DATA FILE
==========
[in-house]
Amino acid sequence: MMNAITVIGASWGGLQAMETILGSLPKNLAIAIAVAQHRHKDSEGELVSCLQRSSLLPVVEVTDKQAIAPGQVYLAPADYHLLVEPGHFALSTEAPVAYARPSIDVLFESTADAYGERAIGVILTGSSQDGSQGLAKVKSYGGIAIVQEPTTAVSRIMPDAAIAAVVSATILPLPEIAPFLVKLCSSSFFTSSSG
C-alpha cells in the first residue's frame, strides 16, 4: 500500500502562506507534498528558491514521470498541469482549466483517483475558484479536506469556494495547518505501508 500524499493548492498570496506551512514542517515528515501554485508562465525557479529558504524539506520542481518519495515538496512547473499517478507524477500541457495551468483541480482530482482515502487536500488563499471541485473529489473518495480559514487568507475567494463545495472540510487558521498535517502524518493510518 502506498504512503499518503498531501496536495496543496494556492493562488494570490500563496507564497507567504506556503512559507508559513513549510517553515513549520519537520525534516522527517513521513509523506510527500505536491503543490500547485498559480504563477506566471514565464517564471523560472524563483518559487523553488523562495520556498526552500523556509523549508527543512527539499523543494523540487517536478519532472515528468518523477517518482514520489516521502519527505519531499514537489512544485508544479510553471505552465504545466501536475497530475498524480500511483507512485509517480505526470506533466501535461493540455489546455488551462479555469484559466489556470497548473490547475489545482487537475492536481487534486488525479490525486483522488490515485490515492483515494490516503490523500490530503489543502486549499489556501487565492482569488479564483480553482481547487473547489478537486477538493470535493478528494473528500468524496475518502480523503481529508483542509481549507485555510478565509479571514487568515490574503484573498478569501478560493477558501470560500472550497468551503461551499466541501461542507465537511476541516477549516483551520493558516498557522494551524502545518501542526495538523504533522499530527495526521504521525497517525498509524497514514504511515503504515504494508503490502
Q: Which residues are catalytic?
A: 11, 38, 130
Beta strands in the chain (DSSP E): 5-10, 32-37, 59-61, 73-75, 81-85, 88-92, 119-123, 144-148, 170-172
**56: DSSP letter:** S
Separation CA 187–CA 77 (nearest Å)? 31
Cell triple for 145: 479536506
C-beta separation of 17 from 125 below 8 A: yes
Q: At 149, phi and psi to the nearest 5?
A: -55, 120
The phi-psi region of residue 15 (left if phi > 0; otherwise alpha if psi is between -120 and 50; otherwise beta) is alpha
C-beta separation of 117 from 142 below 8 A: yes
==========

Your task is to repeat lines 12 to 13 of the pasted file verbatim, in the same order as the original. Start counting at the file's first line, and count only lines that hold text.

A: -55, 120
The phi-psi region of residue 15 (left if phi > 0; otherwise alpha if psi is between -120 and 50; otherwise beta) is alpha